Small Business

Startup capital: Completing the circuit

Written by Kara Aaserud

Venture investors have a long history of scolding fund-seekers for their failure to relieve a real “pain” in the marketplace. Now a group of investors is planning to walk the talk with VenCorps, an online community built to relieve startups’ great ache: finding the financial and human capital they need to gain a footing and grow.

“The biggest problem since the dot-com boom is that entrepreneurs have needed less and less capital to launch their businesses, so VCs are out,” explains VenCorps co-founder Sean Wise of Wise Mentor Capital, a Toronto-based investor and advisor to startups. “And while angels have risen to the challenge to fill that financing gap, they have a different problem in that there’s no efficient way for them to syndicate.”

Enter VenCorps (www.vencorps.com), which is scheduled for beta launch this June. Wise and Doug Hewson, managing director of Ottawa-based venture capital firm Axis Capital Corp., conceived VenCorps last summer as a living, breathing replica of the real-world startup ecosystem that throws in mass collaboration to generate efficiencies its offline equivalent lacks.

At the heart of VenCorps is a monthly competition in which startups vie for funding, but thousands of community members — rather than a handful of investors — act as the judges. (Anyone can join VenCorps, free of charge.) Members earn points every time they comment about a company’s business plan or vote for or against it moving into a final round of judging. Finalists are determined using a weighted scoring system that assigns greater influence to the votes of senior members, such as VCs. In the next round, members wager their points on their favourites; the company assigned the most points wins. Pick the winner and you get more points in return; be the winner and you get 50,000 points plus $50,000.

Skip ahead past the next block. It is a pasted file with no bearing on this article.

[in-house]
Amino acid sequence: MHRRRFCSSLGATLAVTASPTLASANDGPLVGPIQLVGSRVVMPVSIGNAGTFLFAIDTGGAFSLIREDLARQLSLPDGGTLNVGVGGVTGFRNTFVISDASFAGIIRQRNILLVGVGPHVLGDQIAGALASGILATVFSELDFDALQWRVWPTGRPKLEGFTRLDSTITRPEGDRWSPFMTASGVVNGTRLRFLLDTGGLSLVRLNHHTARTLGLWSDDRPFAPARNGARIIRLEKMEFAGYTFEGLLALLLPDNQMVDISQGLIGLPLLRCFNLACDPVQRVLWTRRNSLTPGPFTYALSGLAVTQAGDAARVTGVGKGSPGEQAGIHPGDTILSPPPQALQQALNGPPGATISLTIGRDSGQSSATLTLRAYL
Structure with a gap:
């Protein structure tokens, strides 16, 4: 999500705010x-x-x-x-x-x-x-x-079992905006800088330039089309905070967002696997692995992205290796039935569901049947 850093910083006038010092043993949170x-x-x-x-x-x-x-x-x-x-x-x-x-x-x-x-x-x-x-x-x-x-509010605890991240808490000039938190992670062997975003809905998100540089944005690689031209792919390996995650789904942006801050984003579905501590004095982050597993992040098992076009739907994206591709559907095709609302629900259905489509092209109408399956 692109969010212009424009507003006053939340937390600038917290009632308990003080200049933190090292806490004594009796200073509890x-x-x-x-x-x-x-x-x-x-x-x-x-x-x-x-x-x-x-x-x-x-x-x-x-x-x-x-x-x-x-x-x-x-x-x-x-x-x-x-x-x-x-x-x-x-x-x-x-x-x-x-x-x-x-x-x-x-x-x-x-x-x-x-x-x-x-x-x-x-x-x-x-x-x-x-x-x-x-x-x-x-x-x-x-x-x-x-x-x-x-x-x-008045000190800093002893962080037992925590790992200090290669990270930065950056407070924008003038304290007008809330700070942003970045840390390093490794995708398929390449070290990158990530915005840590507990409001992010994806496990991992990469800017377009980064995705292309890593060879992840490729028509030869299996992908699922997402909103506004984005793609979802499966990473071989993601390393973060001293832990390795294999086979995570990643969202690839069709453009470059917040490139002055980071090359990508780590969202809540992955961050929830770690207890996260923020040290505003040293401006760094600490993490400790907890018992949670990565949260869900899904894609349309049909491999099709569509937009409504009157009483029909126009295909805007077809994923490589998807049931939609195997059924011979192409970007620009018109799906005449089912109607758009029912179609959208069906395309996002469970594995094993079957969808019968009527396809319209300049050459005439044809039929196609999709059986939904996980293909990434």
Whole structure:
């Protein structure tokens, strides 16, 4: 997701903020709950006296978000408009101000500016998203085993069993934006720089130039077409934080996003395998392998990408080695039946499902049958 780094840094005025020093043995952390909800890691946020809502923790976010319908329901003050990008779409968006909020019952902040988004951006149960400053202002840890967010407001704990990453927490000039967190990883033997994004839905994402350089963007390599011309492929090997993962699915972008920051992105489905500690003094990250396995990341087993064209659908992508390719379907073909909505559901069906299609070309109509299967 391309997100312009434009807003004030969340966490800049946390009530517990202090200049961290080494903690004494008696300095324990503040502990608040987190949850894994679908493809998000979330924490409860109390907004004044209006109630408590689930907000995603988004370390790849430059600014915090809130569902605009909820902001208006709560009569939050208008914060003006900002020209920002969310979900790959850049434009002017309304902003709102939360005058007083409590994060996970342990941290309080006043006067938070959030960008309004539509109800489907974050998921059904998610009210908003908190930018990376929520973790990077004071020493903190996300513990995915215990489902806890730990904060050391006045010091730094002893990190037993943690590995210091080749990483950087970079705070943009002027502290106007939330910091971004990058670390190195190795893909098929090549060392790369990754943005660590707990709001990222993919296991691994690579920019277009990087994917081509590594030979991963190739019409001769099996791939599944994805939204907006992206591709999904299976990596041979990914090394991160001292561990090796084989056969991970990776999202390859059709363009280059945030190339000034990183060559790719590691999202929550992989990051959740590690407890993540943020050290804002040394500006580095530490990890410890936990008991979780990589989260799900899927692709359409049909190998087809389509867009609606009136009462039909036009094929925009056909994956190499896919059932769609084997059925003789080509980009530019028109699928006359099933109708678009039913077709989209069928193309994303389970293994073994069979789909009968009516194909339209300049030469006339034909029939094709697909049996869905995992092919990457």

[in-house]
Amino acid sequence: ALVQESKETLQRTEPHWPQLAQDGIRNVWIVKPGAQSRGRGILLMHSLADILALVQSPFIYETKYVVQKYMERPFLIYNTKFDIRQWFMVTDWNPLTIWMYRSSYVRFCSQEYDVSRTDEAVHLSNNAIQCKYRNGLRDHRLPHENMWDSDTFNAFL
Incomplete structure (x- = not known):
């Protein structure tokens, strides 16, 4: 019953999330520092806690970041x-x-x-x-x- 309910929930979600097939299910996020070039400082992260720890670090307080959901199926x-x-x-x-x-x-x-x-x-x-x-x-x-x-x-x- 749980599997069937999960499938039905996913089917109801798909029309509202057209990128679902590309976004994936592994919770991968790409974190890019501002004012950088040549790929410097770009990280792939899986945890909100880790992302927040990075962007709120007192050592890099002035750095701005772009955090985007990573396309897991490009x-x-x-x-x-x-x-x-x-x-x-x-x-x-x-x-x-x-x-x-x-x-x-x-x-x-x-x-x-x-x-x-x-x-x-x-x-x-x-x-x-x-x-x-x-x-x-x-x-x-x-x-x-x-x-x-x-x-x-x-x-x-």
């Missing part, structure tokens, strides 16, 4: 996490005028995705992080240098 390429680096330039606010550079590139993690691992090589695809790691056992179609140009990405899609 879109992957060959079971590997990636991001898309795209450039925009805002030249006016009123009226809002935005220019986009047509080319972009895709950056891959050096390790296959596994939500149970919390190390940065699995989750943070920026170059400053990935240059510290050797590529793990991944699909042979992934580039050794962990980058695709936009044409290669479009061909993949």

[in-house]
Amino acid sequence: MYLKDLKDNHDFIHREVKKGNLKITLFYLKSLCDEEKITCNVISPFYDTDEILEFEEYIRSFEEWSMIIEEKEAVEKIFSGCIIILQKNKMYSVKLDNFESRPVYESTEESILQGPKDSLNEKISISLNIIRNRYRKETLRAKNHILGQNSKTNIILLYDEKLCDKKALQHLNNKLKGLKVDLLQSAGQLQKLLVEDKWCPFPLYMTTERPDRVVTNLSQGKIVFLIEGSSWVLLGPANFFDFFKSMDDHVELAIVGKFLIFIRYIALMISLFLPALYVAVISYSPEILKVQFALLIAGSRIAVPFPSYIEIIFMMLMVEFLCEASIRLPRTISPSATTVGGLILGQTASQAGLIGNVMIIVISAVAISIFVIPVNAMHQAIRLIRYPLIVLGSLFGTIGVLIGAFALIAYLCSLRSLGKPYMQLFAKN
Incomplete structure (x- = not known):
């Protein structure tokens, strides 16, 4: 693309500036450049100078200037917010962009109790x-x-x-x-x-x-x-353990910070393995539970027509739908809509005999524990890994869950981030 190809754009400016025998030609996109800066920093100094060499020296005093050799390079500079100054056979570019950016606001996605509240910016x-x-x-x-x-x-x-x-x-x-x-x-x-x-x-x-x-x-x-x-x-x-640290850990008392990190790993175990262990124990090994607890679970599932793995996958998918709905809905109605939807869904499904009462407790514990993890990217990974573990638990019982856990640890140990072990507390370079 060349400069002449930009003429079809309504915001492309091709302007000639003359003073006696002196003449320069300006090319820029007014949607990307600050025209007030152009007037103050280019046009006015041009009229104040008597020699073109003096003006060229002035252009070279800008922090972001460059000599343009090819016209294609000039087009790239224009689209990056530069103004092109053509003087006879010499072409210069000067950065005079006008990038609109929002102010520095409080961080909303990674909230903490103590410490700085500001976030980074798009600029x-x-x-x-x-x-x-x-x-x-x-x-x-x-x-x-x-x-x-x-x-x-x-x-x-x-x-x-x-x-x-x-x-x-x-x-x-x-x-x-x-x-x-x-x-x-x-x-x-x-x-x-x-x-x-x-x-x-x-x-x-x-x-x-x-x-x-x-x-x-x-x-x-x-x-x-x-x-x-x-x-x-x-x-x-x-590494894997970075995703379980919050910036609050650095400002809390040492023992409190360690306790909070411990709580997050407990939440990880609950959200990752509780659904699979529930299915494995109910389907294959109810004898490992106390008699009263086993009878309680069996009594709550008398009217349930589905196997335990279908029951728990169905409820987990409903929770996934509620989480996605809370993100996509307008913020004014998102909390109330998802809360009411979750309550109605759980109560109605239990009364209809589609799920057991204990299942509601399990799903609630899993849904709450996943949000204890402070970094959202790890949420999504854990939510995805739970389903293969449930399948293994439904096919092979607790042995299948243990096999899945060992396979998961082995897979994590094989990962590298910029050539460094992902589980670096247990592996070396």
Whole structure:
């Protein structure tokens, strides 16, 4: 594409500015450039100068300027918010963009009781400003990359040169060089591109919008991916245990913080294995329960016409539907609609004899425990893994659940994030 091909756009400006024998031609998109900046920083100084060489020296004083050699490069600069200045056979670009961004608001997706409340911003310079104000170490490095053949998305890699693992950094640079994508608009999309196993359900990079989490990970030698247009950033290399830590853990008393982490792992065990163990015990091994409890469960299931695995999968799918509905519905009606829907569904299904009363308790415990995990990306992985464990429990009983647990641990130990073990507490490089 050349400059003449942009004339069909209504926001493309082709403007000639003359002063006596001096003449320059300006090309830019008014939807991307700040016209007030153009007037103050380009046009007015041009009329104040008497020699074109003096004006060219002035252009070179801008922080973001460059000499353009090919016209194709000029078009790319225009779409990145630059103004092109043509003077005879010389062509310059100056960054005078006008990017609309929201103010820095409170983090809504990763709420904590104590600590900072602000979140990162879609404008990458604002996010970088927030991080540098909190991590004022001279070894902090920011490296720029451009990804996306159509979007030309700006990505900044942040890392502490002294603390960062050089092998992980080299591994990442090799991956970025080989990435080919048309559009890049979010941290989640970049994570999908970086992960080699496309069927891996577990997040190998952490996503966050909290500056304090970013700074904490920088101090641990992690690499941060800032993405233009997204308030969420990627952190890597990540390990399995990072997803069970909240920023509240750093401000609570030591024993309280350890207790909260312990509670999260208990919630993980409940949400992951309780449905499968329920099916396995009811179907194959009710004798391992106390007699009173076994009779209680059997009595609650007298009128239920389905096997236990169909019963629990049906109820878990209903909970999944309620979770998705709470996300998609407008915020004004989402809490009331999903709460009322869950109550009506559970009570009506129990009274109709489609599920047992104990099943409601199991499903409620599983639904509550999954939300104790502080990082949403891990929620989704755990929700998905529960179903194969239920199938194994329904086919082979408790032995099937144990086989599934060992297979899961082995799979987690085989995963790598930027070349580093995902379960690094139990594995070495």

Yes, real money is at stake: Spencer Trask Collaborative Venture Partners (STCVP), which is co-owned by Wise, Hewson and executives at New York-based private-equity firm Spencer Trask & Co., ponies up the dough in exchange for 5% of the winning company. To encourage other investors to participate in the community, STCVP allows them to buy into subsequent financing rounds or directly initiate deals with member entrepreneurs, provided they allow STCVP to partner with them.

All those points also will have value. Come fall, VenCorps members will be able to trade their points for goods at a virtual storefrontor for the services of other members, thus leveraging the community’s labour.

Will VenCorps work? Wikinomics co-author Don Tapscott has seen enough potential to sign on as vice chair, and STCVP’s recent acquisition of crowdsourcing software from, and post-transaction services by, Calgary-based Cambrian House, a crowdsourced software developer with 50,000 members who are being encouraged to transition to VenCorps, will help to seed the VenCorps community. “We think VenCorps will have as much effect on venture capital as Wikipedia had on sales of Encyclopedia Britannica,” says Michael Turillo, CEO of STCVP. Unlike most startups, VenCorps will at least hit the ground running.

This article has been amended to reflect STCVP’s acquisition of certain assets of Cambrian House; the original story incorrectly stated that STCVP had acquired Cambrian House outright.

Originally appeared on PROFITguide.com
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